The first step is to face up to the reality of the situation, which you can do with any one of many available online retirement funding calculators. One that's effective and easy to use by CNN Money is included in this article's References. To see where you stand, you input your age, current income, proposed retirement age, how much in retirement savings you have now and the percentage of your current income you're currently saving. The calculator will output the amount of savings you'll have at your proposed retirement age.

If you see you're falling far short of your probable retirement income needs, increase your savings rate. Most all these calculators will show you in real time just how much difference the savings rate will make and the savings percentage you need to maintain from here on to get to that fully-funded worry-free retirement you're aiming for.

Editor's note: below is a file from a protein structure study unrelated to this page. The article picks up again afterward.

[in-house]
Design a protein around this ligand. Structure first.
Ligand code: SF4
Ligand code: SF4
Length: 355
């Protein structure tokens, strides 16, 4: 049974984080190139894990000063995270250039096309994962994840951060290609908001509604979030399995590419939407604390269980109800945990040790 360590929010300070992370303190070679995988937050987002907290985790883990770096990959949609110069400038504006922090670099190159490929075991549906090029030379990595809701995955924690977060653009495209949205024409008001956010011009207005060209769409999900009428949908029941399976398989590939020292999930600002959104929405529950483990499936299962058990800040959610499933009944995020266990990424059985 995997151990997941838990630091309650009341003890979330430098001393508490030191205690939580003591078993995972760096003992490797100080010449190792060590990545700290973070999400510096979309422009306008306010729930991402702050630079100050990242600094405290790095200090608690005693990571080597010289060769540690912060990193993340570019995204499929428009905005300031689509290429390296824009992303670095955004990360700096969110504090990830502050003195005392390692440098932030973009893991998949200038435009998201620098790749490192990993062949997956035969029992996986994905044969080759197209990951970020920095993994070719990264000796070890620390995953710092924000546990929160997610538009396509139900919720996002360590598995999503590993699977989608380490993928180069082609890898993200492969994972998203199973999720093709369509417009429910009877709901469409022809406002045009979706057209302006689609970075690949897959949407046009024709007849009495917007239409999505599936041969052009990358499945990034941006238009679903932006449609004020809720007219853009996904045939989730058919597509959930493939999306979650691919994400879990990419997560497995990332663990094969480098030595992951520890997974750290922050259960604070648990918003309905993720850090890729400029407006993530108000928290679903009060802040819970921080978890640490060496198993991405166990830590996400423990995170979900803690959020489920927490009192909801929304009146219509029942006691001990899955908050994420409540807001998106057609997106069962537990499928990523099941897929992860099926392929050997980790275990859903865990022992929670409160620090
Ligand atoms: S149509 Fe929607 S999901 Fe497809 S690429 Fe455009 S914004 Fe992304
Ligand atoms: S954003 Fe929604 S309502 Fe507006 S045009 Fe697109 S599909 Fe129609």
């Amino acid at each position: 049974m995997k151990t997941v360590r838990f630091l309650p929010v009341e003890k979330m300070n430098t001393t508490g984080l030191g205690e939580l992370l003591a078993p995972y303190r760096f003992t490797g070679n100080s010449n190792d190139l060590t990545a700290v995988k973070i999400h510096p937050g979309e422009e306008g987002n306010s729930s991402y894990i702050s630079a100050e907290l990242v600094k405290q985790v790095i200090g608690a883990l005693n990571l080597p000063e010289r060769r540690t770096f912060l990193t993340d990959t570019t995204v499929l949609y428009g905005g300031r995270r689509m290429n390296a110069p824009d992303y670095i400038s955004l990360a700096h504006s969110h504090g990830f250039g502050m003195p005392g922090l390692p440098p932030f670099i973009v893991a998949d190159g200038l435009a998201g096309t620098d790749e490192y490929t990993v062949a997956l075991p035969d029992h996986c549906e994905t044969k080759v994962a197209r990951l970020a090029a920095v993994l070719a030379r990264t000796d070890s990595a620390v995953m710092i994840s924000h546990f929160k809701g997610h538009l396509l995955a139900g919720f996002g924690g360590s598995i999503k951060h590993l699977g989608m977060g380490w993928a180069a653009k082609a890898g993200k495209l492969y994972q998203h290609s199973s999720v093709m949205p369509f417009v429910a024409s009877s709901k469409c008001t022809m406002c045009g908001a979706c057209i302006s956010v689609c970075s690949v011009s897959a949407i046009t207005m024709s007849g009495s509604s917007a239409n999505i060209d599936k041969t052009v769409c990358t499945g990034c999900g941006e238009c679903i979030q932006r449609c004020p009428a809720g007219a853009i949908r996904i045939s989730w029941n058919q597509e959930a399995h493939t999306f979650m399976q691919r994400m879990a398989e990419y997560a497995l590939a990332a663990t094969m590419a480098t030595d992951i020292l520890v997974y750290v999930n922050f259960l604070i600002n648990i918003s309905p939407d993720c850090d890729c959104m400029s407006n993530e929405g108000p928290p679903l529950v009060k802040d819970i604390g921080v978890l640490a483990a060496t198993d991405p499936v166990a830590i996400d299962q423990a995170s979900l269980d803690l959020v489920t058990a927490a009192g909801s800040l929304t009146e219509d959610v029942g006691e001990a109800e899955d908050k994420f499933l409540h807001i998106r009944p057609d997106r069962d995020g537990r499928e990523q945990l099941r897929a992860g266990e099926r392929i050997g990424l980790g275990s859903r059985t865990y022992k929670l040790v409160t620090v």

The Effect of Changing the Savings Rate

Here's an example of how you can make up for retirement savings shortfalls: You're 52 years old, making $50,000 a year and putting away about five percent of income in an IRA. You've currently saved about $70,000 and you want to retire at 68. Inputting this to the retirement calculator shows you that if you continue saving at your current five percent rate, at retirement you'll have only $205, 328 in retirement savings. Four percent of that is only a little over $8,200 – far short of what you'll need.